James – Day 6


Today we finish our survey of the book of James. Tomorrow we’ll circle back around and begin studying the book a passage at a time. Here are my survey notes on chapter five.

Major Topics Discussed

  1. Condemnation of the wicked wealthy (v. 1-6)
  2. Saints called to patience (v. 7-11)
  3. Command to avoid oaths (v. 12)
  4. Commands to people in various situations (v. 13-15)
  5. The power of prayer (v. 16-18)
  6. The value of converting erring brothers (v. 19-20)

Words and Phrases to Look Up

  • Corrupted (v. 2)
  • Cankered (v. 3)
  • Lord of Sabaoth (v. 4)
  • Wanton (v. 5)
  • A day of slaughter (v. 5)

Here are the definitions for these words from Strong’s Hebrew and Greek Dictionaries.


(G4595) say’-po

Apparently a primary verb; to putrefy, that is, (figuratively) perish: – be corrupted.

As I suspected, this word doesn’t refer to moral corruption, like a corrupt politician, but of the deterioration of the wealthy person’s possessions.


(G2728) kat-ee-o’-o

From G2596 and a derivative of G2447; to rust down, that is, corrode: – canker.

Like corrupted above, this speaks of the coming decay of the rich man’s wealth.

Lord of Sabaoth

(G4519) sab-ah-owth’

Of Hebrew origin ([H6635] in feminine plural); armies; sabaoth (that is, tsebaoth), a military epithet of God: – sabaoth.

This title reveals God as the Commander of heaven’s armies. This is an especially terrifying prospect to those who angered Him by defrauding their workers.


(G4684) spat-al-ah’-o

From spatale? (luxury); to be voluptuous: – live in pleasure, be wanton.

A day of slaughter

The words of this phrase are easy enough to understand. I jotted it down just to be sure it was talking about the slaughter of animals, not people. This refers to feast days where animals were slaughtered in celebration and sacrifice. The rich were living like every day was a holiday – a party.

Points of Interest / Research

  • I noticed the use of “Go to now…” again (v. 1) as in (4:13).
  • Here is another condemnation of the wicked wealthy. This must have been a big problem for James’ audience.
  • “But above all things, my brethren, swear not…” (v. 12) seems strange here for a couple of reasons.
  • I think it’s interesting that God commands a specific response to being merry (v. 13).

The first two points and the last one are just observations, so we’ll look at number three here.

Swear Not

Two things seem strange to me about this verse. The first is its emphasis. The opening phrase, “But above all things…” makes it sound like this is the most important thing James has said in his letter, or at least in this section. It doesn’t seem that way to me. When Peter used that phrase, it was about something that was of first importance:

And above all things have fervent charity among yourselves: for charity shall cover the multitude of sins. (1Pe 4:8)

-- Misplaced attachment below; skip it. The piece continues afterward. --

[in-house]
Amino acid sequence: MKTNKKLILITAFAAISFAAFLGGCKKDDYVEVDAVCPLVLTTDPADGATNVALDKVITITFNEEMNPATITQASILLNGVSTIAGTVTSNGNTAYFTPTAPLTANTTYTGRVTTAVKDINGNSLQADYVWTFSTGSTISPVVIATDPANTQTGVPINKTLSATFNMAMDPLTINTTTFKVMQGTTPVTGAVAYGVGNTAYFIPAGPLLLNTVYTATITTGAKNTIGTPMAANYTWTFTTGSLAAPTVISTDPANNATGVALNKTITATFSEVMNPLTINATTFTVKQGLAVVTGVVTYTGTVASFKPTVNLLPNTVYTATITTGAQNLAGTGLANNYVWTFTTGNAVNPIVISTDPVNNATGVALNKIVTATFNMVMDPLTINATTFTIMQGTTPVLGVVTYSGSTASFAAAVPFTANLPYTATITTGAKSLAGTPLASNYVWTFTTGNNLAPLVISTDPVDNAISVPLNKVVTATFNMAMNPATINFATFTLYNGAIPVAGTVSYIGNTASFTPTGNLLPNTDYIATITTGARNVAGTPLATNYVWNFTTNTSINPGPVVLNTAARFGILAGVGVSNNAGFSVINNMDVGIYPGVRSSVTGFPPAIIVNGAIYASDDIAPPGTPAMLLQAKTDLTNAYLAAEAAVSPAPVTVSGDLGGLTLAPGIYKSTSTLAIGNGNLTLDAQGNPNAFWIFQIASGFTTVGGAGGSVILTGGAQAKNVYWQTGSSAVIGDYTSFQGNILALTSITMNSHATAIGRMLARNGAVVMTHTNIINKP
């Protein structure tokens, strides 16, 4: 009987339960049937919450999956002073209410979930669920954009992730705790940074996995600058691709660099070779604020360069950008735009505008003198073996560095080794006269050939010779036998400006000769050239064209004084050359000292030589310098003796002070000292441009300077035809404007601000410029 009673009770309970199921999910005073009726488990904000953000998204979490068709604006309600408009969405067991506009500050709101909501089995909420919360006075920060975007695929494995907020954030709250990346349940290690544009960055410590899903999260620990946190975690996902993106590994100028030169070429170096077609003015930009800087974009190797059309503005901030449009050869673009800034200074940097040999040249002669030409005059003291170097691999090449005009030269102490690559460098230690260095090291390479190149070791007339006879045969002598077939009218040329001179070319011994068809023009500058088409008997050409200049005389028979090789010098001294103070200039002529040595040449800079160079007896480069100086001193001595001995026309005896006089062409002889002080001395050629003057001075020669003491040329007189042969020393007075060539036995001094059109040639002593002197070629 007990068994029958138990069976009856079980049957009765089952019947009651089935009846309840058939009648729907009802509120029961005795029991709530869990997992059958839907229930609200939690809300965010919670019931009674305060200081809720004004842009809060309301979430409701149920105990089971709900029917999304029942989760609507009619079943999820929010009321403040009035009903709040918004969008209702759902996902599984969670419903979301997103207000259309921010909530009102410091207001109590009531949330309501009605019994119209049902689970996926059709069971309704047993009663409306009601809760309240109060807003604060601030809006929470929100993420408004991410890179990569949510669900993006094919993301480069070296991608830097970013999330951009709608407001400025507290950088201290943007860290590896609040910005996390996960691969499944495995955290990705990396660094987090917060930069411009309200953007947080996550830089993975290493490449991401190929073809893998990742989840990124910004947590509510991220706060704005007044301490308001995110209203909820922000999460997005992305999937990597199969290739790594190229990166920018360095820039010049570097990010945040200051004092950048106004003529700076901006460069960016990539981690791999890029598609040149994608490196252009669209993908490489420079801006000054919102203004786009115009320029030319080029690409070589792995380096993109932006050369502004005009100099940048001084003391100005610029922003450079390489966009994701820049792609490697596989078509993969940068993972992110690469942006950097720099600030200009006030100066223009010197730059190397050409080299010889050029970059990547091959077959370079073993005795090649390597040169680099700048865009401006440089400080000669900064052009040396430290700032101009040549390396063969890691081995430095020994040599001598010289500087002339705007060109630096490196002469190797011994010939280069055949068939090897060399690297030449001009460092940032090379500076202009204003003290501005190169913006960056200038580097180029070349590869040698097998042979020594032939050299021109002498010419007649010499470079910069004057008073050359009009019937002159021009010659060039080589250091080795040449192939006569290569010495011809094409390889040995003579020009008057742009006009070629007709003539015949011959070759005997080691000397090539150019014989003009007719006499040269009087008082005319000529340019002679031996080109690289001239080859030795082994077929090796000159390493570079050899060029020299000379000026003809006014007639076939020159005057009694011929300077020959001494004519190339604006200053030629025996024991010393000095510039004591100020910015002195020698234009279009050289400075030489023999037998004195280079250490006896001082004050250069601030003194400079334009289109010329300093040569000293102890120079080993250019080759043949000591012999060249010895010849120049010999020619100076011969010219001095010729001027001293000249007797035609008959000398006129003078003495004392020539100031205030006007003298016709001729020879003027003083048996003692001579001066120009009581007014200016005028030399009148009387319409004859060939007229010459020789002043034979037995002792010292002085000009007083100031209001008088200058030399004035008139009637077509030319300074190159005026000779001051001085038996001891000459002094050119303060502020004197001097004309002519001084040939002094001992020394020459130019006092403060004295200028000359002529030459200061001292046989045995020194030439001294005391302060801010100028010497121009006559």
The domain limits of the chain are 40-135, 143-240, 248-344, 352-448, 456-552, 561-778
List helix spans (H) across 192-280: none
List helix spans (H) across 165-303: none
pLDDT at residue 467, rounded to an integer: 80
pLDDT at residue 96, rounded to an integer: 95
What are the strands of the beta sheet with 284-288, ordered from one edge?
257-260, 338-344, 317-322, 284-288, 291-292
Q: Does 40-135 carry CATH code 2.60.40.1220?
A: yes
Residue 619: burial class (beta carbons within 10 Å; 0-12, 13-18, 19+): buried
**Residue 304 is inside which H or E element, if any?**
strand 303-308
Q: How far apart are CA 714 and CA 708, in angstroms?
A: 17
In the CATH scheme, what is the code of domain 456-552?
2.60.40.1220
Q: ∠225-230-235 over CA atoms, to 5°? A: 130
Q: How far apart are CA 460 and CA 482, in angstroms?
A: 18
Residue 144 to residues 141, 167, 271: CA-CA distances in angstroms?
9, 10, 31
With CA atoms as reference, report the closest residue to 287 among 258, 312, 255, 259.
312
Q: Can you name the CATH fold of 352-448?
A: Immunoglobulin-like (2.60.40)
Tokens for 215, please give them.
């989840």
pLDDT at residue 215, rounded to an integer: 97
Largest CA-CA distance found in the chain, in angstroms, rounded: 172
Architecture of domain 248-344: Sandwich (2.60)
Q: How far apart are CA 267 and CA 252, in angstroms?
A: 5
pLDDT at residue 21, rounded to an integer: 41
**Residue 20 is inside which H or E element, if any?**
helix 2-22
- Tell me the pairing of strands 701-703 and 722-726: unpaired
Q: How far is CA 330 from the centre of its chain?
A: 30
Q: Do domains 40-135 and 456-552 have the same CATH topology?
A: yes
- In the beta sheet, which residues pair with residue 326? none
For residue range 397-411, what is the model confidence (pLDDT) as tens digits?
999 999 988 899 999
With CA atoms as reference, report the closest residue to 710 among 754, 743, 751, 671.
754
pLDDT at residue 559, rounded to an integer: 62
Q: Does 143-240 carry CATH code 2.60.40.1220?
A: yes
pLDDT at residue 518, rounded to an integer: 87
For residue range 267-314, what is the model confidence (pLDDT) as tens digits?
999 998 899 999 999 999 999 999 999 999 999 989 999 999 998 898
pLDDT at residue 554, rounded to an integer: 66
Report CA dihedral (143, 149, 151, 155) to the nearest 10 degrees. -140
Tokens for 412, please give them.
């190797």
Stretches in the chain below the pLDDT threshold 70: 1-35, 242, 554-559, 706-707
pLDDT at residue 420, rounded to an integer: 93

I’m not saying the issue of improper oaths isn’t important. It seemed to be a particular problem for the Jews and the Lord took time to address it in the Sermon on the Mount.

(33) Again, ye have heard that it hath been said by them of old time, Thou shalt not forswear thyself, but shalt perform unto the Lord thine oaths: (34) But I say unto you, Swear not at all; neither by heaven; for it is God’s throne: (35) Nor by the earth; for it is his footstool: neither by Jerusalem; for it is the city of the great King. (36) Neither shalt thou swear by thy head, because thou canst not make one hair white or black. (37) But let your communication be, Yea, yea; Nay, nay: for whatsoever is more than these cometh of evil. (Mat 5:33-37)

Matthew Henry offers this interesting insight:

“Some have translated the words, pro panto?n – before all things; and so have made sense of this place to be that they should not, in common conversation, before every thing they say, put an oath.” (Matthew Henry’s Commentary on the Whole Bible)

I’m not sure I buy that, but I’ll have to investigate this more and pick it up when we get to chapter five in our passage by passage study.

The second oddity about this verse is that it doesn’t seem connected to anything around it. As I was researching this, I found that Dr. Adam Clark shares my confusion:

“What relation this exhortation can have to the subject in question, I confess I cannot see. It may not have been designed to stand in any connection, but to be a separate piece of advice, as in the several cases which immediately follow.” (Adam Clarke’s Commentary on the Bible)

Some commentators have called James’ letter the Proverbs of the New Testament because of his practicality and the way he moves rapidly from topic to topic. So I guess it could be just a freestanding verse. I’ll dig a little deeper when I come back to this passage.


Read over James 1:1-4. Find out what you can background of the book. Then interpret and apply the passage.

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